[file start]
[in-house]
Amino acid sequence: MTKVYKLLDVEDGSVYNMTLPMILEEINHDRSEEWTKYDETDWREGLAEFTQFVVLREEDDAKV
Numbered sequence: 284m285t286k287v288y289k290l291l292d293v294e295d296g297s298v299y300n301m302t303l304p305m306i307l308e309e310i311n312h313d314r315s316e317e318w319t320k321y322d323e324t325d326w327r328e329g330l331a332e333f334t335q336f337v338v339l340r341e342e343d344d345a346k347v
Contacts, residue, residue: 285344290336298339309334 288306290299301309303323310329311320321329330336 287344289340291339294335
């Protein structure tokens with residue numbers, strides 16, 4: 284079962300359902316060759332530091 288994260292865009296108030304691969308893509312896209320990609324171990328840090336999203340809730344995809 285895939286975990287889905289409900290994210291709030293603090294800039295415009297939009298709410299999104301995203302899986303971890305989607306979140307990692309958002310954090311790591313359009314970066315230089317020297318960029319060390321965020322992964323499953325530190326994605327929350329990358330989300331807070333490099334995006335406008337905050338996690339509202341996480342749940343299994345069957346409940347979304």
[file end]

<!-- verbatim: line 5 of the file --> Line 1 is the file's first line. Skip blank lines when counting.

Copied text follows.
């Protein structure tokens with residue numbers, strides 16, 4: 284079962300359902316060759332530091 288994260292865009296108030304691969308893509312896209320990609324171990328840090336999203340809730344995809 285895939286975990287889905289409900290994210291709030293603090294800039295415009297939009298709410299999104301995203302899986303971890305989607306979140307990692309958002310954090311790591313359009314970066315230089317020297318960029319060390321965020322992964323499953325530190326994605327929350329990358330989300331807070333490099334995006335406008337905050338996690339509202341996480342749940343299994345069957346409940347979304």